Situation in Pakistan has changed a lot, says man who drove Sri Lanka’s team bus during Lahore attack

Muhammad Khaleel, bus driver who ducked terror, warmly awaits Sri Lankan cricket team for the 3rd T20I match; says India should come and play.

Written by Sriram Veera | Guwahati | Updated: October 17, 2017 8:31 am
Pakistan vs Sri Lanka, Pak vs SL, Pakistan vs Sri Lanka T20I, Gaddafi Stadium Lahore, Muhammad Khaleel, Sri Lanka tour of Pakistan, Cricket news, Indian Express Muhammad Khaleel (middle) with his family. (Express Photo)

I will be driving them again to the stadium. Tell them not to worry. The situation in Pakistan has changed a lot. Unko watan ki khushboo aayegi — come and play here, Sri Lanka!

That’s Meher Muhammad Khaleel, the man who was driving the bus to Gaddafi Stadium in Lahore on March 3, 2009 — Day 3 of the second Test Match — when the Sri Lankan team came under a terror attack suspected to have been carried out by the Lashkar-e-Jhangvi. Six members of the Lankan team were injured, six Pakistani policemen and two civilians were killed.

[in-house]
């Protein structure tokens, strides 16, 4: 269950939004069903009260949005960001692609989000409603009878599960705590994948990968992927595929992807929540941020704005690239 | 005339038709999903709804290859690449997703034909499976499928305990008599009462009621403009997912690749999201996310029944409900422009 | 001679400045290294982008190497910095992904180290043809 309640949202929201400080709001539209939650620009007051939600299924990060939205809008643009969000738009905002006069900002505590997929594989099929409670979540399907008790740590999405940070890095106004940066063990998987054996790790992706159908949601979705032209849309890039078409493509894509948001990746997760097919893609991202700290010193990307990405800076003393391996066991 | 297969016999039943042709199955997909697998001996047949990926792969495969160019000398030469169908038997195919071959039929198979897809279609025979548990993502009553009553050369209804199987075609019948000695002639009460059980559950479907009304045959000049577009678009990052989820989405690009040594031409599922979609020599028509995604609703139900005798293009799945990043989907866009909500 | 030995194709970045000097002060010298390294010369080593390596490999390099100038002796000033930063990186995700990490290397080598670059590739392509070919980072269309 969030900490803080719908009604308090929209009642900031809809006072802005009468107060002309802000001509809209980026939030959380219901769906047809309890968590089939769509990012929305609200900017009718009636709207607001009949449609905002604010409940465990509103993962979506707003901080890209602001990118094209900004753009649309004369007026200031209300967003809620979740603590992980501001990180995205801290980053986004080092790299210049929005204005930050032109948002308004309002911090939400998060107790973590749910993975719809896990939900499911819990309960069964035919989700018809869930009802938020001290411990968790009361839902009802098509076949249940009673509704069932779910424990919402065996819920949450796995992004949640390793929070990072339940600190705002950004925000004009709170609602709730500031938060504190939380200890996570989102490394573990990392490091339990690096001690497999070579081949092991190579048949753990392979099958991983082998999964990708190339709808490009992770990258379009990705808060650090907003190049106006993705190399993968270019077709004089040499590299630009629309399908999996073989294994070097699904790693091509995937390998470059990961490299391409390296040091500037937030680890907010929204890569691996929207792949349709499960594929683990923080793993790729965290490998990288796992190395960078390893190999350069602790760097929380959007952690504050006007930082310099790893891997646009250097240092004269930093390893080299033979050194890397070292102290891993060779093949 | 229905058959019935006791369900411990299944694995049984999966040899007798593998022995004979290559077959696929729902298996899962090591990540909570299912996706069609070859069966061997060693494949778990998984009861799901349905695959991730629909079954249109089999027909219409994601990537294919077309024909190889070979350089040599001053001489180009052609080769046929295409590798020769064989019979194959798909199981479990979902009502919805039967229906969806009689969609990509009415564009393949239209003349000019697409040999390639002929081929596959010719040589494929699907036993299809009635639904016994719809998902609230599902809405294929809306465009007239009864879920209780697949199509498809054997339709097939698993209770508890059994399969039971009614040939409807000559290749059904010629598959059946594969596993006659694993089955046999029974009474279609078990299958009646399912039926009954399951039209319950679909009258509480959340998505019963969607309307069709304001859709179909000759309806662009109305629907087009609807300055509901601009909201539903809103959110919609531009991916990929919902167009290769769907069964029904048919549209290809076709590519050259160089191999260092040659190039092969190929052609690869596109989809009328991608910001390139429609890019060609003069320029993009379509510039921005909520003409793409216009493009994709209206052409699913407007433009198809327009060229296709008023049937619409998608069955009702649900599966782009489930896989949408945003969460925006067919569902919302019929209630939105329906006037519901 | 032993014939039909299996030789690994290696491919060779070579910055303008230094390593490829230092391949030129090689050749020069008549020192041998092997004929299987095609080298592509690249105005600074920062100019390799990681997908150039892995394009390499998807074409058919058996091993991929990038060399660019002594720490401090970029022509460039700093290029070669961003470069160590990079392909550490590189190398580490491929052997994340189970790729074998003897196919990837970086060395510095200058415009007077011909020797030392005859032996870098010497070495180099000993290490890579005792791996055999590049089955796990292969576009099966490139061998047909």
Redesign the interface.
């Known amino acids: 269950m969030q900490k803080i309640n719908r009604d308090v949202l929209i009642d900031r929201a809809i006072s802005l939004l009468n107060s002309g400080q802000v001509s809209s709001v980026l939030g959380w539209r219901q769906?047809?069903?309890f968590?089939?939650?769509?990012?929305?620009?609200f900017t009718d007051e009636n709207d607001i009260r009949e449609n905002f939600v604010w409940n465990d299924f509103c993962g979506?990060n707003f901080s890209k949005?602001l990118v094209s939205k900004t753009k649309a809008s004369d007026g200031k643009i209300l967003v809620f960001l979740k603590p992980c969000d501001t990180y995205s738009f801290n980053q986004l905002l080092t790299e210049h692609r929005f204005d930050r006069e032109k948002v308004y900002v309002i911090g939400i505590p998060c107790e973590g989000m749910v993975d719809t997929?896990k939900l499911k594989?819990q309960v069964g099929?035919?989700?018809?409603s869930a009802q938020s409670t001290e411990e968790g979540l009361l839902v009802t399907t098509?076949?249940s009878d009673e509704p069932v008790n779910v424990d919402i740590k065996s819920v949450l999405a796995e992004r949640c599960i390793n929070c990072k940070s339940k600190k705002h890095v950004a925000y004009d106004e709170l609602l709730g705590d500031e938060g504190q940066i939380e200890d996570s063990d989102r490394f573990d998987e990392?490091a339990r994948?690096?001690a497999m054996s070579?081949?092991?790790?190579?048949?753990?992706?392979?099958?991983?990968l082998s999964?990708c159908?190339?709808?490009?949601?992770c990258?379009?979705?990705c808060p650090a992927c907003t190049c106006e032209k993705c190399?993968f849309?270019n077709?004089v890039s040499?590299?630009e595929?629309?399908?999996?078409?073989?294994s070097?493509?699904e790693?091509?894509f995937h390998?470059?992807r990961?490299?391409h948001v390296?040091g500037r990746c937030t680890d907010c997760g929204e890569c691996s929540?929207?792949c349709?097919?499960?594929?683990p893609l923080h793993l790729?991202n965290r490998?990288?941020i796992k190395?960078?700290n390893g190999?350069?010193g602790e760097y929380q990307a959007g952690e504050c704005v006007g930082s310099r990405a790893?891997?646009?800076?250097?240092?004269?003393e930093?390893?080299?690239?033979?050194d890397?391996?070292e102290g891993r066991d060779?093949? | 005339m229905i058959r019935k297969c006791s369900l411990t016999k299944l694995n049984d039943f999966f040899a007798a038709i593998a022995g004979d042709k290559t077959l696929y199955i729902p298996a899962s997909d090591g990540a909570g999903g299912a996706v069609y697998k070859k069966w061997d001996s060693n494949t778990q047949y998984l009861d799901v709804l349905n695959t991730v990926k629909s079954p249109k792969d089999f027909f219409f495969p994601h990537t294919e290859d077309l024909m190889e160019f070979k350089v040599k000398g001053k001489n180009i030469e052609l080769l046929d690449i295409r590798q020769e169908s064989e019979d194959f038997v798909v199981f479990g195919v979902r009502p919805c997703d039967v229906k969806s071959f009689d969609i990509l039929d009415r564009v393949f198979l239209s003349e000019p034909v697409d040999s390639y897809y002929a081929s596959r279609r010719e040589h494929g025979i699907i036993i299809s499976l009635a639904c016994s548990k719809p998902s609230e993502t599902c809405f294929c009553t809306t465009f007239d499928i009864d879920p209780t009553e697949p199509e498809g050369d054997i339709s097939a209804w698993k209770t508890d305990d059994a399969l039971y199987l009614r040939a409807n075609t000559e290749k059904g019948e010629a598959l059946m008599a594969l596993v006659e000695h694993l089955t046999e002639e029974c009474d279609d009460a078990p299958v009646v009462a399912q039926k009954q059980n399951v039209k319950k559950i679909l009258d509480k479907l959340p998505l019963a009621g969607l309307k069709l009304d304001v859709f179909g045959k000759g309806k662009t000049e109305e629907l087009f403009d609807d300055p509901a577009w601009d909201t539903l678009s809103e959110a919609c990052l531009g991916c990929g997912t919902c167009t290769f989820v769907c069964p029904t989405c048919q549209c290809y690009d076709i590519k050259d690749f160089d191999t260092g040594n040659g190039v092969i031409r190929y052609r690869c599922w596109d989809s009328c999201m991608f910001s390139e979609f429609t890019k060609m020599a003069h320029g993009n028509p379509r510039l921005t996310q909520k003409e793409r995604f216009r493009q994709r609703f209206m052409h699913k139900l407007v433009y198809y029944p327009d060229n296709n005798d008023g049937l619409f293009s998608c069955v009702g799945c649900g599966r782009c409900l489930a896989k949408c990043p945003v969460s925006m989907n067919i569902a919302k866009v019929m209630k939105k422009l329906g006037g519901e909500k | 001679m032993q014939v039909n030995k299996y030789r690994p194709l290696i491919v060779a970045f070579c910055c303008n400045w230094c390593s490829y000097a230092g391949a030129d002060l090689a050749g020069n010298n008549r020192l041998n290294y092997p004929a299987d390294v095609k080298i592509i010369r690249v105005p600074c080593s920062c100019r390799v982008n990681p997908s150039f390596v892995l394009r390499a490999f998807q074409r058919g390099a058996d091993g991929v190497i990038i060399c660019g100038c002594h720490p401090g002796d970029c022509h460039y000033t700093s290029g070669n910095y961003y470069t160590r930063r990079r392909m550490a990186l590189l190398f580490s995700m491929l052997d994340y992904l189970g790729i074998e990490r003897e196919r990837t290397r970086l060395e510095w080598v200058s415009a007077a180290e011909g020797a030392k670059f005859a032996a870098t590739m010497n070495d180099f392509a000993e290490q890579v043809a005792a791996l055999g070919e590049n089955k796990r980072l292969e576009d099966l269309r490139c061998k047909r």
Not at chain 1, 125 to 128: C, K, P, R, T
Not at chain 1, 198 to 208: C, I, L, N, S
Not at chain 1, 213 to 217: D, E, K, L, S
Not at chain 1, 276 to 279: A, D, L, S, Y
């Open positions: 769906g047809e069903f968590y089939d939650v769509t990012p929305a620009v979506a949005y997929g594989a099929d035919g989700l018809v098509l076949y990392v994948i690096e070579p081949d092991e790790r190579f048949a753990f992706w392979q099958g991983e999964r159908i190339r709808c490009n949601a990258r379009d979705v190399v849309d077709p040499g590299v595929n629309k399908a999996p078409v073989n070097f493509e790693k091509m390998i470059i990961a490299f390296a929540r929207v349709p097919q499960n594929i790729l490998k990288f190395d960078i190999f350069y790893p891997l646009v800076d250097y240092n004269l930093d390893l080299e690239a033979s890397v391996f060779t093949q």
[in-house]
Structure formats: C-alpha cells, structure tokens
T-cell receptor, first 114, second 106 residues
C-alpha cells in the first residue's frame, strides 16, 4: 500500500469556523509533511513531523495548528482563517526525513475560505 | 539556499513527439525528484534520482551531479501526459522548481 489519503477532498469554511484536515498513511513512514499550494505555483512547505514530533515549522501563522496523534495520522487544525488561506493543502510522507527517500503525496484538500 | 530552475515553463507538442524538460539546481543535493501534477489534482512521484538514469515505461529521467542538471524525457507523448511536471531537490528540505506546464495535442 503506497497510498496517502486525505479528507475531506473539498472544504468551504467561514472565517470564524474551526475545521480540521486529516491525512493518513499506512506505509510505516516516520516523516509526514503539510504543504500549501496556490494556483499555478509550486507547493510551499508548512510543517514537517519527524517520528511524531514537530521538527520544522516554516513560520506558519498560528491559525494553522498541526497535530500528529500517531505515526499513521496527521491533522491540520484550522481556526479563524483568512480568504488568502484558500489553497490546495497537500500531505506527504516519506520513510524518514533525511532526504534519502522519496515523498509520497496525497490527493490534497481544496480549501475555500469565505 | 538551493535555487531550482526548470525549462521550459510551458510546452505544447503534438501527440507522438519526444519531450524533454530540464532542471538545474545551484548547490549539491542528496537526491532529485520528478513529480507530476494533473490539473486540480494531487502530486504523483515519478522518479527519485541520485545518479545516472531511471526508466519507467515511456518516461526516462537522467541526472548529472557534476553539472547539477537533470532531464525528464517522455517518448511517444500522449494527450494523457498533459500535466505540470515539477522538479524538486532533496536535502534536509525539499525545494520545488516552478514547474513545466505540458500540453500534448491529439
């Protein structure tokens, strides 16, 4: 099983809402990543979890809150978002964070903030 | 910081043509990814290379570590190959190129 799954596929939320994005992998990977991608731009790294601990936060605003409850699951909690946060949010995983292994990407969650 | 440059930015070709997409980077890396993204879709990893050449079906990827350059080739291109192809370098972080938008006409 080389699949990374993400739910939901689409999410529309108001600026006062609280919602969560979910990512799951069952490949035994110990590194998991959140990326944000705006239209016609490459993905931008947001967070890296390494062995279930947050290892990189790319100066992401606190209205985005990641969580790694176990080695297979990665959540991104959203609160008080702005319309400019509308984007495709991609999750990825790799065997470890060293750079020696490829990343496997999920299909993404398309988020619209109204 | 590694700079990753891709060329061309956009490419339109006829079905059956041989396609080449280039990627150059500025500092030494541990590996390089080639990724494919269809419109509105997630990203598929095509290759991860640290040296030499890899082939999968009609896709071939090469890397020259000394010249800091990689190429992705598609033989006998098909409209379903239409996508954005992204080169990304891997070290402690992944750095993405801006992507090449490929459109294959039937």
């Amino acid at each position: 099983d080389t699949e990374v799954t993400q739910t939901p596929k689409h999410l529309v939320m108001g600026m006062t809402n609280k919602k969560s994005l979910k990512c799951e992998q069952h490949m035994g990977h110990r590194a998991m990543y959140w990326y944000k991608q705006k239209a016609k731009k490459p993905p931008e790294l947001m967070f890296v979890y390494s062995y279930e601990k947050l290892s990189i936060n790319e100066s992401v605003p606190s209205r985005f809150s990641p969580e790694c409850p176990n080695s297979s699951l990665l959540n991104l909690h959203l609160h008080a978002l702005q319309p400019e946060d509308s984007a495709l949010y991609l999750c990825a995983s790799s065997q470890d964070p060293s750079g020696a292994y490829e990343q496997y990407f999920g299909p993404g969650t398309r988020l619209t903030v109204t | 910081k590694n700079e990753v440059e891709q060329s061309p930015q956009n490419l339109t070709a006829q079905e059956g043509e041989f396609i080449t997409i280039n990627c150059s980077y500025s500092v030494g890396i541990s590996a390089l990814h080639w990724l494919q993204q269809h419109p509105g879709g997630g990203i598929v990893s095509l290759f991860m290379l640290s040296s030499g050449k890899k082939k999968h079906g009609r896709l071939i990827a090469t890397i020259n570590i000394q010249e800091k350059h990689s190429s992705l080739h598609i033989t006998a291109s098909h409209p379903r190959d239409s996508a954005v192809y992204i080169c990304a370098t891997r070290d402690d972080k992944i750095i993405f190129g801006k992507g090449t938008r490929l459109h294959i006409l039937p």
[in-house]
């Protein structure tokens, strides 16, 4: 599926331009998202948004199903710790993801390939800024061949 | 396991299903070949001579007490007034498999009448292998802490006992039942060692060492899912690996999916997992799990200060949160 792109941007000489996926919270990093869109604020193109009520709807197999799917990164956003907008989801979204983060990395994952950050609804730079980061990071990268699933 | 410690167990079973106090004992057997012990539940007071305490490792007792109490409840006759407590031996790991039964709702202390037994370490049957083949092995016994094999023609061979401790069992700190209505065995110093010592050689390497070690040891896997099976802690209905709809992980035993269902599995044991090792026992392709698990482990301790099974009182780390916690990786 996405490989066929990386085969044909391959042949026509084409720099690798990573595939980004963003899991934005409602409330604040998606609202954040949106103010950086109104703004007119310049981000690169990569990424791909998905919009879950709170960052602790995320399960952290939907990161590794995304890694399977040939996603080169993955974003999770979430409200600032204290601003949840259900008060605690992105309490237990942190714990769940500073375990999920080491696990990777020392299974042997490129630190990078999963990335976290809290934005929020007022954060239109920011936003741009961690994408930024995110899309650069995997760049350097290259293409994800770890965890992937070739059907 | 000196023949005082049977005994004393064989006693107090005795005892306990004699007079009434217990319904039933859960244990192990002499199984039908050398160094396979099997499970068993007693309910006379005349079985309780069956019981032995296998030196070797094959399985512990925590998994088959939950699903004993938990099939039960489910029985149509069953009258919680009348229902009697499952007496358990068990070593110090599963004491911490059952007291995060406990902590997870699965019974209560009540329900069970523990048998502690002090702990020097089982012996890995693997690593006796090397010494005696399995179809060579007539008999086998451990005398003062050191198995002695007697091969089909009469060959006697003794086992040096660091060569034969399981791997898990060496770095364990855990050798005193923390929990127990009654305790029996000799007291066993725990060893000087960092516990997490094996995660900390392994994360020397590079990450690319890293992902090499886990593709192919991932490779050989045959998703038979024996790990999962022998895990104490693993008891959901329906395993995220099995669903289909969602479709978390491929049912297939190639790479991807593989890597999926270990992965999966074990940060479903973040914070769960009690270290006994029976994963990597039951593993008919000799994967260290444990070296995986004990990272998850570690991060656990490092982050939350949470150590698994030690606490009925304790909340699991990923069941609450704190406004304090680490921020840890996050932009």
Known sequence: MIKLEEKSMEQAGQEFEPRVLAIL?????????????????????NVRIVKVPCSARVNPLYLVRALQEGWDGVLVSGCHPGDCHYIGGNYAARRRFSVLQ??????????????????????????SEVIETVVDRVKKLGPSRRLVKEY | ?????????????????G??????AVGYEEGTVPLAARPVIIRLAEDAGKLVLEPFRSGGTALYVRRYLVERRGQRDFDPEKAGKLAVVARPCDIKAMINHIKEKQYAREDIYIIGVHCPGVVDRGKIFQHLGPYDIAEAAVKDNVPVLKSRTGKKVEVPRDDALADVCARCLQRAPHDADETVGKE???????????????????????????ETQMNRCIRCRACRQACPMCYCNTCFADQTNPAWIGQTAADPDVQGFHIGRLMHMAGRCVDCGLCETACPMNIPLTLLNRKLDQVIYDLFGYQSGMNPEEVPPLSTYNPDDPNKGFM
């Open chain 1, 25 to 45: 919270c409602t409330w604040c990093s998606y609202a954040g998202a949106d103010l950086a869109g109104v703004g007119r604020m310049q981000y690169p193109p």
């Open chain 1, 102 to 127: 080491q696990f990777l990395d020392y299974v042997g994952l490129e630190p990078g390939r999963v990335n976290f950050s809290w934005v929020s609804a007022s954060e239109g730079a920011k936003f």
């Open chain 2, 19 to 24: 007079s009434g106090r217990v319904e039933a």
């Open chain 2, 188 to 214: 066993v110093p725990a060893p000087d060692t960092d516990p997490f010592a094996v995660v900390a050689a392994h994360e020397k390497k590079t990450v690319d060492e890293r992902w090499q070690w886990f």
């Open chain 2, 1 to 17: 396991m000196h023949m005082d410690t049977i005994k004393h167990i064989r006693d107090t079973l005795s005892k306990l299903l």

Khaleel says he is ready to drive them all over again. His words, meant as an assurance, are heartfelt.

Until they decided Monday to visit Pakistan, the Sri Lankan players had been concerned about going to Lahore for the October 29 final T20 game of the ongoing series at Abu Dhabi, a neutral venue. The Lanka board’s decision, in consultation with the players and coaches, came this evening but Khaleel understands their fears.

“It’s so easy for people to say play here but only those who went through that experience can understand that: Khauf and dehshat jo beeti hai unpey, (fear and terror that they went through) is not easy to forget,” said Khaleel, speaking to The Indian Express in a telephone interview. “I can understand that. But my request to them is that the situation is better: army is with you, our people are with you, and you will be safe.”

Recalling the day, Khaleel said that when the attackers opened fire, he thought it was celebratory fireworks. But soon he saw, in the mirror, that the Sri Lankan players had dived to either side of the aisle.